The fine needle aspiration (FNA) cytology is the gold standard for the preoperative diagnosis of thyroid cancer. However, up to 30% of FNA examinations yield nondiagnostic or indeterminate results and this complicates patient management. Clinical features and ultrasound (US) patterns, including US risk
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The fine needle aspiration (FNA) cytology is the gold standard for the preoperative diagnosis of thyroid cancer. However, up to 30% of FNA examinations yield nondiagnostic or indeterminate results and this complicates patient management. Clinical features and ultrasound (US) patterns, including US risk stratification systems, could be useful in the preoperative diagnostic workup and prediction of malignancy, but the evidences are not univocal. Methods: 400 consecutive patients subjected to thyroid surgery were retrospectively enrolled at our institution in Calabria, Southern Italy. Preoperative US and FNA cytological descriptions, formulated according to the “Italian consensus for reporting thyroid fine-needle aspiration cytology” (ICCRTC) classification and three US risk stratification systems (those developed by the American Association of Clinical Endocrinologists, American College of Endocrinology and Associazione Medici Endocrinologi (AACE/ACE/AME), American Thyroid Association (ATA), and American College of Radiology (ACR-TIRADS)), were collected, along with histological results. Results: 147 thyroid cancer cases, in large majority papillary carcinomas, were detected on final histological examination. Almost two-thirds of patients subjected to thyroid surgery for either benign or malignant lesions were female. Patient’s age ≤20 years and between 21–30 years were clinical features associated with increased risk of thyroid cancer in logistic regression analyses. US features associated with thyroid cancer included irregular margins, solid composition, microcalcifications, and marked hypoechogenicity. The AACE/ACE/AME, ATA, and ACR-TIRADS risk categories, corresponding to specific US patterns, were strong predictors of malignancy in both genders, but not in nodules with indeterminate cytology. A measured difference between the longitudinal (L) and the anteroposterior (AP) diameter >5 mm, a proxy for a parallel-oriented oval shape of a nodule, emerged as a robust protective factor against thyroid cancer (OR 0.288 (95%CI 0.817–0.443); p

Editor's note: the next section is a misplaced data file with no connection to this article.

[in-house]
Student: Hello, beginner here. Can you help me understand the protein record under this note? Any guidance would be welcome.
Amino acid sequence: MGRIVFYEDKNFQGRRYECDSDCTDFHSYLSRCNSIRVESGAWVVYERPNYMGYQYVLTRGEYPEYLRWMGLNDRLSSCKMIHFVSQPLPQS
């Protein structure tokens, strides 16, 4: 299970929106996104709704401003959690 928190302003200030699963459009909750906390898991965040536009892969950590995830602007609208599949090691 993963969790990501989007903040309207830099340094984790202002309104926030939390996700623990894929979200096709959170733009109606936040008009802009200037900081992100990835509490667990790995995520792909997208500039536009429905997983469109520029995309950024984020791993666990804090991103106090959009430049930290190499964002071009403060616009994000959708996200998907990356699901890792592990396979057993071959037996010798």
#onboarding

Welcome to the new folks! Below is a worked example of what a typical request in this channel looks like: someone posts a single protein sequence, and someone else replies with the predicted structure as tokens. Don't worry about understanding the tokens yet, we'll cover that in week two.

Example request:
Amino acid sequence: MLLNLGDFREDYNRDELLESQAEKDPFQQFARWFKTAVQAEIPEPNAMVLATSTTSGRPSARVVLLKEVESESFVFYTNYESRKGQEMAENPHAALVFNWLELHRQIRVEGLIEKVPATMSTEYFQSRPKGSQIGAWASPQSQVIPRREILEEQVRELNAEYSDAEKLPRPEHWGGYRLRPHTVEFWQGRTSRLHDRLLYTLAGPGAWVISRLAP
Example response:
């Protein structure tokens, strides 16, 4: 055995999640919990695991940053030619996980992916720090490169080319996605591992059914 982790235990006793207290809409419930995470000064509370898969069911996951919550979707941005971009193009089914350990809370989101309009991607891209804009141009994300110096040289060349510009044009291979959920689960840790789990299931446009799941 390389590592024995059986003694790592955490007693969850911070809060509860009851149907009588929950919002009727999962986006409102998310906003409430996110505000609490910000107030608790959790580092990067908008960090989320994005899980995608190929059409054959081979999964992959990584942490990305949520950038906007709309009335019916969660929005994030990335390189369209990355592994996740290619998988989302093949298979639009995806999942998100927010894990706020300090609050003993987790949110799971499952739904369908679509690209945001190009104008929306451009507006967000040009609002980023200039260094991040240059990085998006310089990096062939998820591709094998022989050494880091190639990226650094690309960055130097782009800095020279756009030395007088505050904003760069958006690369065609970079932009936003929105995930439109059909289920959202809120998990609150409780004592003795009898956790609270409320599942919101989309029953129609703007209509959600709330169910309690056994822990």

< 0.001), regardless of cytological risk. Conclusions: Some, but not all, well-established predictors of TC have been confirmed in this study. Controversy surrounds the diagnostic performance of US risk stratification systems for the detection of thyroid cancer in the subgroup of nodules with indeterminate cytology, suggesting their use only to set the thresholds for FNA. A measured difference between L and AP diameters >5 mm may represent an additional and practical tool for ruling out malignancy in thyroid nodules, with the potential to reduce unnecessary surgical procedures.